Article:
So you're considering raising capital. However, you're concerned because you're not a three-time CEO with exits, you don't have an Ivy League MBA, or your product is new to a market. I understand. I've been there, and many other very successful business ventures have begun this journey the same way. While raising capital is complex, there are some truisms to consider as you start down this path.

Find Them, Mine Them

Raising the first round of capital is always the hardest because you don't have preexisting contacts.

So the first step is to find and meet at least one potential venture capitalist (VC) a week. If you stay true to this, you'll pick up 52 connections annually, building out a solid list of potential investors.

Do your research about which VCs are interested in your market and target them. You might want to befriend leaders of other companies that are further along than yours. Check their Crunchbase profiles to see which VCs are supporting them and ask for an introduction.

Don't worry about geography. Historically, some cities have been easier to raise capital in. However, given the new remote world, it's now more likely that you could be in a locale that's not a tech hub and still connect. This is great news.

Work your networks and build your own pipeline.

Describe the $1 Billion Opportunity 

Learn how to craft a pitch. There are countless articles on the internet on how to do so. Still, as a first-timer, if you're raising capital for a seed or a pre-seed round, it's unlikely that you'll have enough evidence today to show you can build a $1 billion business.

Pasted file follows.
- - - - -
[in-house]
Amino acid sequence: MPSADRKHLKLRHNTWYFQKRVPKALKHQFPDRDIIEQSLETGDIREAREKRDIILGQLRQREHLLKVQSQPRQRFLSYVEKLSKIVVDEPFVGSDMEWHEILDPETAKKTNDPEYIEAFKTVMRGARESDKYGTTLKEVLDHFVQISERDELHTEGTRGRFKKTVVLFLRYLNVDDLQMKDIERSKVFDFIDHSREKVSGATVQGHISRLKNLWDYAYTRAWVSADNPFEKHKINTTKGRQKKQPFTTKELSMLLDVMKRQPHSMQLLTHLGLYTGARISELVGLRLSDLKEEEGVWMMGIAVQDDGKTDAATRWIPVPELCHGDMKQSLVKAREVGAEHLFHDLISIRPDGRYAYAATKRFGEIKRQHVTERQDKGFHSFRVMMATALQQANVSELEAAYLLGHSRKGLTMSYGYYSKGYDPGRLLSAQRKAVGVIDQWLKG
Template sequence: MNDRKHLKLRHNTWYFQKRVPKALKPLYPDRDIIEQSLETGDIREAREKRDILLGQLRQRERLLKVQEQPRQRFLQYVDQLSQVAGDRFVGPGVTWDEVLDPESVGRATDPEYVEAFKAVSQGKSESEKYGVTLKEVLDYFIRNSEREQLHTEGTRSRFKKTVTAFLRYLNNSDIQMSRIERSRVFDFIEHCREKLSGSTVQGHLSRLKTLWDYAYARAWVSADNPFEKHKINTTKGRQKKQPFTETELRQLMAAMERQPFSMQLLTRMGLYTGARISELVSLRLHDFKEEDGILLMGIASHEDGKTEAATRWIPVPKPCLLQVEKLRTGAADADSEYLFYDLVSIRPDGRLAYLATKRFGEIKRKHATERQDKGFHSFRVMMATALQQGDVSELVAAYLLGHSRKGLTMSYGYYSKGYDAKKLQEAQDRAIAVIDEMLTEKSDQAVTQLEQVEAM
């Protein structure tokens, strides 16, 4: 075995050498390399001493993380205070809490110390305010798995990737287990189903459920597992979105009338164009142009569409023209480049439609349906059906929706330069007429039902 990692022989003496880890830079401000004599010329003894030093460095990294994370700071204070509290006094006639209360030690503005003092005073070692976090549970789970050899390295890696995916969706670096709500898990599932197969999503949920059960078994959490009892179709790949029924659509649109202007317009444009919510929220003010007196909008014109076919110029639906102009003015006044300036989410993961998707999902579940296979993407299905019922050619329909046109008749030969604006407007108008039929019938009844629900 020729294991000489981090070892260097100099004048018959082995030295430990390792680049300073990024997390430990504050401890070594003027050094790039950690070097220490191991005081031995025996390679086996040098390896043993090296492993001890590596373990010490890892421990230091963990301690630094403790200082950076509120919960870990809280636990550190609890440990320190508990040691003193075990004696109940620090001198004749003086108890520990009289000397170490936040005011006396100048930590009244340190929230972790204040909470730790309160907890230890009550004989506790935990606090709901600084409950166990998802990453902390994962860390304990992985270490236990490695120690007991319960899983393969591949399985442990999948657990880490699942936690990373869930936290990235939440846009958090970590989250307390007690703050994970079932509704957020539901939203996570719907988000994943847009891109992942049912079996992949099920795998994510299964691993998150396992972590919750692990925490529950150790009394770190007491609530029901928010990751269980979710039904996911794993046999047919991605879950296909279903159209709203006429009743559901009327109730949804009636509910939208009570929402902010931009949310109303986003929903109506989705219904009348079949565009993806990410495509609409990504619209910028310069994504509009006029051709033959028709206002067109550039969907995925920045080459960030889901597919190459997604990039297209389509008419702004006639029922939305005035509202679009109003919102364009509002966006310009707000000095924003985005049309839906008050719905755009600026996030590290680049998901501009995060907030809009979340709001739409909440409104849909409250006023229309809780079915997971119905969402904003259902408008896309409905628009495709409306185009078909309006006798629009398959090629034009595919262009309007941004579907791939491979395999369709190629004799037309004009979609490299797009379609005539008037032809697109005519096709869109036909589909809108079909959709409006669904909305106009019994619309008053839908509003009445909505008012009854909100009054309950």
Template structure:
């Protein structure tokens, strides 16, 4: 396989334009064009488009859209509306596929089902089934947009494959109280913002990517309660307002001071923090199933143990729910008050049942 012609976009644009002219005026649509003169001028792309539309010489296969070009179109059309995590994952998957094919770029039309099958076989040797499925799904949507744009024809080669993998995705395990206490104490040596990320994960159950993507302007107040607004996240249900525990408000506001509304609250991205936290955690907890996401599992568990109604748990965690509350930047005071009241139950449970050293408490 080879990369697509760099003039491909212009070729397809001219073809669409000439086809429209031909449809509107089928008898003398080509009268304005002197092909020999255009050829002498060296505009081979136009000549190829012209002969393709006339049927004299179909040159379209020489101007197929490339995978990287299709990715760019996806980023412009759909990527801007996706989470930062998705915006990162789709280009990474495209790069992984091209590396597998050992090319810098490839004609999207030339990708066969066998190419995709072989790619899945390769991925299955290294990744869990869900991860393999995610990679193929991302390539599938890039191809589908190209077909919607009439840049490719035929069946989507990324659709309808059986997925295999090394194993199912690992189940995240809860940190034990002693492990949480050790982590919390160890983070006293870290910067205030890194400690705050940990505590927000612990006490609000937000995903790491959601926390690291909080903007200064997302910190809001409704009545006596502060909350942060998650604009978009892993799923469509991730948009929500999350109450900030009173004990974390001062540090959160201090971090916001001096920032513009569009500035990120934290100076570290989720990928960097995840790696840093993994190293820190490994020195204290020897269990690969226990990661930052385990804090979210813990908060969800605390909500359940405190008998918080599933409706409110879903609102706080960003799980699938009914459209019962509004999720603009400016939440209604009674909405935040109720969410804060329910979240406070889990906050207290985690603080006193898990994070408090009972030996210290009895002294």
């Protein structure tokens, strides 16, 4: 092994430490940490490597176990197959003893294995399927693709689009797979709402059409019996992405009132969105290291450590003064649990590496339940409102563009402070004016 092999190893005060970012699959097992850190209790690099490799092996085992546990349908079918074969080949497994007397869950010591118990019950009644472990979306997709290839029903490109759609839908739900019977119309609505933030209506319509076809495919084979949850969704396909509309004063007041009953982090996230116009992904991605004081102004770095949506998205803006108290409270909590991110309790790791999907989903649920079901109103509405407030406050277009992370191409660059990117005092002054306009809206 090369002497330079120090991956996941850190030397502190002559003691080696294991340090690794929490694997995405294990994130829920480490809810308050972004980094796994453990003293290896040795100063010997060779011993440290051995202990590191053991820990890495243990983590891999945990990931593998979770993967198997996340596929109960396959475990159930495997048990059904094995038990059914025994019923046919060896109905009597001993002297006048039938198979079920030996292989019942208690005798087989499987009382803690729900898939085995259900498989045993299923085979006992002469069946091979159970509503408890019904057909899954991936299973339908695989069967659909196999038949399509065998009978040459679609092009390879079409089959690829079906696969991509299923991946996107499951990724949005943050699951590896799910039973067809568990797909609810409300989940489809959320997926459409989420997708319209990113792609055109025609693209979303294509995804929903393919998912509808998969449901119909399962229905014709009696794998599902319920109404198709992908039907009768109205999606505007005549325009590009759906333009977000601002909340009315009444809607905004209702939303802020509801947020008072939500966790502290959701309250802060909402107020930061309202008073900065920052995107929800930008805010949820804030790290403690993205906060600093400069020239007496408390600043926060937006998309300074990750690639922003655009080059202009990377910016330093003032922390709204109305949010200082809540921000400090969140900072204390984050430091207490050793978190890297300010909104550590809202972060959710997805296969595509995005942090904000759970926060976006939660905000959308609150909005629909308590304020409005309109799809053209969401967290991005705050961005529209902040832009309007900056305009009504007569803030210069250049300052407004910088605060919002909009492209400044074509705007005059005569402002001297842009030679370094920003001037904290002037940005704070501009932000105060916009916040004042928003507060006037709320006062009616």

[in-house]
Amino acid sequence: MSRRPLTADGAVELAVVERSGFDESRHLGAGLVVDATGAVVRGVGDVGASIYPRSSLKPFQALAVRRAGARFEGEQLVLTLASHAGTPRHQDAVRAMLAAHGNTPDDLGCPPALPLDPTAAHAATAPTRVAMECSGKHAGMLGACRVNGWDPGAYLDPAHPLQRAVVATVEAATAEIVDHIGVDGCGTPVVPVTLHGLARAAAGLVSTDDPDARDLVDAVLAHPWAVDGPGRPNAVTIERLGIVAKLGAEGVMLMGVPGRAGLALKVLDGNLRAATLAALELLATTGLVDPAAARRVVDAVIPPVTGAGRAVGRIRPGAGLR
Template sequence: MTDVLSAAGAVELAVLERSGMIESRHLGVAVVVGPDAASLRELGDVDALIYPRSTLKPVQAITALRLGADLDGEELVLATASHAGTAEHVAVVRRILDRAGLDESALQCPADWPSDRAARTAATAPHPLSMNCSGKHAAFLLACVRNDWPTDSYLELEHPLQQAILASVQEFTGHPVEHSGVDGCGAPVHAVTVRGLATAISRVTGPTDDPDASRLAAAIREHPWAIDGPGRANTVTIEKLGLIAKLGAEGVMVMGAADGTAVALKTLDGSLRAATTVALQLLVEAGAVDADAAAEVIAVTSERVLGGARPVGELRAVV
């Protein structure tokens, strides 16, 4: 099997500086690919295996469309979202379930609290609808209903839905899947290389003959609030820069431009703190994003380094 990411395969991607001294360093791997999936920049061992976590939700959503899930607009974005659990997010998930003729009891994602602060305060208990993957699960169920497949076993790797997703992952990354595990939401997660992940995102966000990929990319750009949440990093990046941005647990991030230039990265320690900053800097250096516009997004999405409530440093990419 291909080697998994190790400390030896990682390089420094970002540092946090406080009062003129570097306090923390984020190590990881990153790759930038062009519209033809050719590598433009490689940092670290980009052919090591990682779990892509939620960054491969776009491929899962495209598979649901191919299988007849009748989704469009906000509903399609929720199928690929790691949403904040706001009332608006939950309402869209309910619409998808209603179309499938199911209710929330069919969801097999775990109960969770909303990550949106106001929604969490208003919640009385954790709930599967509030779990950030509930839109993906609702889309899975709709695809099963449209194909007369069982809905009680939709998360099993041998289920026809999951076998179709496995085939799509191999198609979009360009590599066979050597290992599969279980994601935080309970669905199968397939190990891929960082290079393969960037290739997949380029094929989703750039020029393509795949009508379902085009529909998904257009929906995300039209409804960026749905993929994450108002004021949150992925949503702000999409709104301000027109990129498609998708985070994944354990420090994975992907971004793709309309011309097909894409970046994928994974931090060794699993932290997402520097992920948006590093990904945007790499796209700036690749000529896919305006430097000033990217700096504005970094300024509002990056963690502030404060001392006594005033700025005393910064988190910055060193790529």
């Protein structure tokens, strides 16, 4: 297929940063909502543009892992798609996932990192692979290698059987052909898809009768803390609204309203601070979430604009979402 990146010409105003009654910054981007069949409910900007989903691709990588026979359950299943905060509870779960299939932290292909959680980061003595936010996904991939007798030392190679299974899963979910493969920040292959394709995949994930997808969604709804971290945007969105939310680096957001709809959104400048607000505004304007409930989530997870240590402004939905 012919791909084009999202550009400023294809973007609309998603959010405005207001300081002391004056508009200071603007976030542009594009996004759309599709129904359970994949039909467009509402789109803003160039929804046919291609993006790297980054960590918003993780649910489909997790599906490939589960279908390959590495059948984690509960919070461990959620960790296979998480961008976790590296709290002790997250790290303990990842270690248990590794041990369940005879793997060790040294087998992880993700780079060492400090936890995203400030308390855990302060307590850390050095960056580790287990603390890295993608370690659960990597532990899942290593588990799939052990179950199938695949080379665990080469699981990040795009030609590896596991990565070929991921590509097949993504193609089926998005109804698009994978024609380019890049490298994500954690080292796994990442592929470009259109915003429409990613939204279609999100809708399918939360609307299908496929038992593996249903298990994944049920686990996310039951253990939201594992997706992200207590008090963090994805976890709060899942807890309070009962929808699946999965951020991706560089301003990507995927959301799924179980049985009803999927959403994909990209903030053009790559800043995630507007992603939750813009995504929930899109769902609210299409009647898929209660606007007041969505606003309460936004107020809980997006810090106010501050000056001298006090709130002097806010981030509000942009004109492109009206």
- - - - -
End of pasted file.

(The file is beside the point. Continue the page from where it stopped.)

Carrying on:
And that's the kind of the lens VCs really look through.

VCs conduct independent market research to predict which way the business and technology winds will blow. They know you don't have the same resources, but they spend a lot of time on market sizes. They'll be interested in yours, how you came up with your conclusions, where you expect to land today and in the future, and how you'll get there.

What's more, they'll want to know about your competitors, and that you're aware of them, too. If your space is crowded, spell out your differentiators, and share what you know today. When we entered the contract management market, it was 20 years old and saturated with vendors focused on the pre-signature. We shifted our focus to post-signature and analytics, and that was an open opportunity. The VCs liked our approach, and the space took off.

When you're a first-timer with little to lean on, it's important to pick the right traction metric. It doesn't have to be revenue. It could be usage, daily active users, or anything that provides evidence that your idea is working and that with more money, you can do more. When you reach out to a VC and follow up a year later with double the customers, there's a story to tell--and someone will want to hear it.

This Is a Marathon, Not a Sprint

You only need one true VC believer to do a round--and for seed rounds, you can expect to do upwards of 100 pitches. Every round thereafter, you'll probably cut this by half. And then, the check sizes will get bigger and the valuations higher.

But in those early days, you want to try to take as many at-bats as you can. These pitches will help prepare you for things like real-time objection handling, fielding competitive questions, and showing you have a command of the metrics, the financials, the industry, and the buyer.

Over the past six years, I have done thousands of pitches. This has enabled me to craft a story that's compelling and always relevant. Every founder's story is different, and VCs know that it could be the first chapter in a whole new book of business. The VCs that led our first round looked at 1,400 companies that year and only wrote 10 checks. Those are the odds, and it's your job to figure out how you're going to be one of the 10.

Persevere. You might be a first-timer, but with the right research, dedication, and story, the tide can turn in your favor.